It was lost. I searched frantically in my frayed backpack, ignoring the chickens clucking disapprovingly at me from their perch in my temporary thatched Amazonian hut. No sign of my patadyong, what some call a sarong, or a lavalava, or perhaps maybe just a plain wrap. The circular skirt-length loop of cotton fabric had become essential in the surprisingly cold Amazonian nights when, huddled shivering in my hammock, I pulled it over me as a rudimentary blanket and tried to sleep. Not only that, but it was my towel when I went down to the stream to bathe, and my laundry bag where I stacked clothes ready to scrub in the washing pool. To me, it was also my home.
Red plaid and soft through age and use, it had been made for me when I was seven and living in the middle of the Filipino city, Iloilo, by our house helper whose name I shared: Elena. I called her Manang Elena, or Older Sister Elena, and I was Younger Sister Elena. I folded it over to cover my short legs as a skirt, and she showed me how to wrap, turn, turn, and tuck so that it would stay up. When she told me that all women used to wear it like this, I felt like I was learning a part of my own history. I looked with pride at my new garment that so identified me with the beautiful ladies that dressed up at traditional events in lacy kimona and sparkling, plaid-striped patadyong.
The patadyong left the Philippines with me and together we traversed the Pacific to the United States. It reminded me of home as I navigated the strange new country. As I struggled to blend in with bizarre American ways, I sometimes forgot about it, and then, as to a long lost friend, I soon returned to its comforting cotton folds.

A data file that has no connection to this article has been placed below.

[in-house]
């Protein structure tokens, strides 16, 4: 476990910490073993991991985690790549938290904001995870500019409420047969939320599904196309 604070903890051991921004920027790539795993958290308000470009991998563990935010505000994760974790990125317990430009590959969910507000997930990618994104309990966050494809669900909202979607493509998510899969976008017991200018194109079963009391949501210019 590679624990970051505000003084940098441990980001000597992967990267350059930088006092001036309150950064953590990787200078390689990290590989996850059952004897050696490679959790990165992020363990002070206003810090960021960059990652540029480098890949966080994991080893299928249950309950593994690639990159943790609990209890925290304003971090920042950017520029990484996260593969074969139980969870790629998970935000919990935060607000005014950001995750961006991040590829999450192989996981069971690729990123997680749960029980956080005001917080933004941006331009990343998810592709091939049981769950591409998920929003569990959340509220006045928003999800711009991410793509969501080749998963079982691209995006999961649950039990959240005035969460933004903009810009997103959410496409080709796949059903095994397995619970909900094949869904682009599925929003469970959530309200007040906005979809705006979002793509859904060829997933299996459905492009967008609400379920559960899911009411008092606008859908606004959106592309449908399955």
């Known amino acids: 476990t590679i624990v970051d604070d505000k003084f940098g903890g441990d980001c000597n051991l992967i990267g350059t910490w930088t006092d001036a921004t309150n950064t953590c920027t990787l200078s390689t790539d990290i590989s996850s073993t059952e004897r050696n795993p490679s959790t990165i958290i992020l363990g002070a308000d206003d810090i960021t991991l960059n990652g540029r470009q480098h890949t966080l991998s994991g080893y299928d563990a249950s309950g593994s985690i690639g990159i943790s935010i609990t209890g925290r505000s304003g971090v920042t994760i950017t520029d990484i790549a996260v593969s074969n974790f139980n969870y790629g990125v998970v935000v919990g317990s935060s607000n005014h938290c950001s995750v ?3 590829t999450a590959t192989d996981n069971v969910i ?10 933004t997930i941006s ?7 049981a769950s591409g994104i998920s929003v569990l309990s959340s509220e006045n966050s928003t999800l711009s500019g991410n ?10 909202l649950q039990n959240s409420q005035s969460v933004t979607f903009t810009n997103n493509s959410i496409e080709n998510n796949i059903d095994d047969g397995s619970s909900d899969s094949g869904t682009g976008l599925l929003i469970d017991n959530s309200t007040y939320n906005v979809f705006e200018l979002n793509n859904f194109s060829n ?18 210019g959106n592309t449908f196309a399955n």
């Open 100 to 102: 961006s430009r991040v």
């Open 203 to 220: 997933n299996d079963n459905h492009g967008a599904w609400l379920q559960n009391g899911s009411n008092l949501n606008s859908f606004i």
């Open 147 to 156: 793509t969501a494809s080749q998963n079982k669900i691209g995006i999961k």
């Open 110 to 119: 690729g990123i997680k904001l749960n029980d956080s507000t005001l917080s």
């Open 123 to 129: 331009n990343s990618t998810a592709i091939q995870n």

By the time I entered university, it had accompanied me in every international trip I had taken, serving as my towel, my skirt, my pillow, my sleepwear, my blanket, and my bag across three continents.
And so, as I frantically searched in the middle of the Amazonian rainforest, I was devastated. Had I lost it in the village we had just visited, a day’s canoe ride away? Had it slipped from my open bag into the muddy river waters, to gently settle on a sleeping stingray?
Before long, a large group of people were helping me retrace my steps and scouring the community, transcending language and cultural barriers for what I’m sure looked like an idiotic exercise. The errant patadyong was finally found, crammed in an unlikely corner, and suddenly, with the gracious help I’d been shown by my hosts, and the patadyong safely back in my backpack, I was home.
Despite being cavalier about the rest of my possessions – because you never know when you might move and have to give most of them away – certain things become my symbols of home.
Now, in the sunny southern Pacific country of Tonga, I have found myself in the land of patadyongs. I have learned that here, a patadyong, which they called a tupenu, was also good for keeping your swimming pants covered before you went to the beach, was an acceptable way to wear long shorts if worn over them, and served as an excellent scarf to keep the sun off your head.
To my delight, in Tonga I can wear a nice patadyong to formal events, decorated with a woven belt, an old one as swimwear, and admire the ones worn by beautiful ladies in church. But even in this abundance of wrap wear, none can replace my own patadyong. I still use it as a laundry bag, a sleeping bag, and a skirt, just like I have in the rest of the world, and every time I use it, I know I’m home.